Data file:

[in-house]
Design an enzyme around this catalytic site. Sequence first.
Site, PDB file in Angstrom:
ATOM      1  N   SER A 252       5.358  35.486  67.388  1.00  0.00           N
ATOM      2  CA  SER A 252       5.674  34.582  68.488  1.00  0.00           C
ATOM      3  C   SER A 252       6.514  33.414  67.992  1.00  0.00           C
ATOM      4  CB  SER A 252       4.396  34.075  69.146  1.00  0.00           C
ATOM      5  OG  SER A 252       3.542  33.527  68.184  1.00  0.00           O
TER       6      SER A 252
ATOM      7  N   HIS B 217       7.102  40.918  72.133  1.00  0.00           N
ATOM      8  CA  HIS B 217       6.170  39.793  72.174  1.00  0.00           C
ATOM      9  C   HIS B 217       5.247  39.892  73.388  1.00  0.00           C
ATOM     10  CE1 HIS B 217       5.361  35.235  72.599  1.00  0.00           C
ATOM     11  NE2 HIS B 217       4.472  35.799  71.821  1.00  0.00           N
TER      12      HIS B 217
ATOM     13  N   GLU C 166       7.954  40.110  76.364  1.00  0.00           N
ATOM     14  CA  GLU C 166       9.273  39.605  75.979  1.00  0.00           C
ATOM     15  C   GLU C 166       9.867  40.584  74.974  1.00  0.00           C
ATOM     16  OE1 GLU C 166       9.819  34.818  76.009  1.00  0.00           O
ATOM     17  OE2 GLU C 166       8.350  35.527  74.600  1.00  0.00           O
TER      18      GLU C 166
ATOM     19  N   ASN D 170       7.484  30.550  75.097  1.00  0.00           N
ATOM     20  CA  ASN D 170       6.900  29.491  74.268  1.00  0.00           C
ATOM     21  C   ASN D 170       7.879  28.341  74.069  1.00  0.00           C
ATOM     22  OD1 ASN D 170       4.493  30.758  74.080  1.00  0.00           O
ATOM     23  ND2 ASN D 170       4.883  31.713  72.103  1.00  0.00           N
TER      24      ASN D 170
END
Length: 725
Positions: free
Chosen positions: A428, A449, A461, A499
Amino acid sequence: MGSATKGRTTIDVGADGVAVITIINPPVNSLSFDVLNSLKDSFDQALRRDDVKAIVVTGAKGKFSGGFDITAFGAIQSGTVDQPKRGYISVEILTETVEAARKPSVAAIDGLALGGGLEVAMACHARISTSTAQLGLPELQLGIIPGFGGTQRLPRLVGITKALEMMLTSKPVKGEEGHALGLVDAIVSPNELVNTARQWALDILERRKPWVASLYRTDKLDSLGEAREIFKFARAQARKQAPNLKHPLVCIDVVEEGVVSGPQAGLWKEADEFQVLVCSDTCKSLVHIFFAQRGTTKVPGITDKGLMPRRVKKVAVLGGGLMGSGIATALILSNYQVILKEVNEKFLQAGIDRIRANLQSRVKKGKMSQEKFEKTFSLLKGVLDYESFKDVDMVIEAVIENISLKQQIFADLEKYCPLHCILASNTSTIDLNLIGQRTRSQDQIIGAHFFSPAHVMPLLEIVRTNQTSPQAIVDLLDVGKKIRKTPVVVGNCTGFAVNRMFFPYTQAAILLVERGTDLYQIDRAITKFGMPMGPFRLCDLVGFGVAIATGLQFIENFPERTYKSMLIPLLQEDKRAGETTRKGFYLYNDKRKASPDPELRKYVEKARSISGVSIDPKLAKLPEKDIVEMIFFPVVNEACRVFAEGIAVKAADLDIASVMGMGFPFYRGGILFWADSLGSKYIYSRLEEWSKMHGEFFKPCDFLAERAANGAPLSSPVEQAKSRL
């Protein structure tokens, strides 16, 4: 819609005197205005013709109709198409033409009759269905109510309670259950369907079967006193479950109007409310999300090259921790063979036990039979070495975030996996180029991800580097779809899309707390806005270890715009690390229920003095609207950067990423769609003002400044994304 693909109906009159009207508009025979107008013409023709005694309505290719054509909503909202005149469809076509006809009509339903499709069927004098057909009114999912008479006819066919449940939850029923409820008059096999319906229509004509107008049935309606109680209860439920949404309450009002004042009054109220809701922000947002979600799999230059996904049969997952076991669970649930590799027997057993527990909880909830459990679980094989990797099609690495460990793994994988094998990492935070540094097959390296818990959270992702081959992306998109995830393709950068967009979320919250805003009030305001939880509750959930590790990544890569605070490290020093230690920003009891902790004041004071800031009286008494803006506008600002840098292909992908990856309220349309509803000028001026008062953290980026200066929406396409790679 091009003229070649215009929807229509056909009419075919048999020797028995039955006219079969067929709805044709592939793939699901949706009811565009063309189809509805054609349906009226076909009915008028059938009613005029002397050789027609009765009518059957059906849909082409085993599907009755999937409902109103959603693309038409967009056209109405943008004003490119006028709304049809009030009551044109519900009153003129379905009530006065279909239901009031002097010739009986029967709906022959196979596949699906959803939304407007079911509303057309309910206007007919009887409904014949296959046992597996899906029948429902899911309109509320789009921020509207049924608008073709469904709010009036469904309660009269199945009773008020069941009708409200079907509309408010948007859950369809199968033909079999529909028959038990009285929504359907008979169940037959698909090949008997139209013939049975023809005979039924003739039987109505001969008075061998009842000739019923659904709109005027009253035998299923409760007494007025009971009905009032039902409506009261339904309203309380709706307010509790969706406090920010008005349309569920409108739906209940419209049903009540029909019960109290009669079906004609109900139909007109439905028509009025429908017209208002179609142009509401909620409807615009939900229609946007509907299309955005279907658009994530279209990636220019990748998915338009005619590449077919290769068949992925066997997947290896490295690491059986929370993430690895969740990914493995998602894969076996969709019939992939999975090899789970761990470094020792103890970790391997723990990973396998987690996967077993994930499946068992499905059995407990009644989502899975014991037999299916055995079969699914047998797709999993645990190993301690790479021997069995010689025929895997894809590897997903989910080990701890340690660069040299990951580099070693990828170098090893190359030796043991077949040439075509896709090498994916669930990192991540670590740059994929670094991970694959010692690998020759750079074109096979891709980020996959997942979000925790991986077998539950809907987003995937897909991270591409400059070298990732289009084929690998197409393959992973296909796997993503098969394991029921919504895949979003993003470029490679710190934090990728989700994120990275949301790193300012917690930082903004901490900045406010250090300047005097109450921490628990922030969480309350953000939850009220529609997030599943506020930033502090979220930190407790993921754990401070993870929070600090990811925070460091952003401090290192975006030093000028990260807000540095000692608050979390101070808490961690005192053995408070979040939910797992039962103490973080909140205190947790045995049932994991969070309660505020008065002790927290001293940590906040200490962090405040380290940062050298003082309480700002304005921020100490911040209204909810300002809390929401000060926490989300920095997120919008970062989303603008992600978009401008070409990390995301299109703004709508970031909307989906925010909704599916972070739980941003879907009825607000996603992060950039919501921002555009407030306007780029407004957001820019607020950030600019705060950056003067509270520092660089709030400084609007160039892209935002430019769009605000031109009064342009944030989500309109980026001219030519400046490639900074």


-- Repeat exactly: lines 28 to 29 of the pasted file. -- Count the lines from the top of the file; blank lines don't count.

END
Length: 725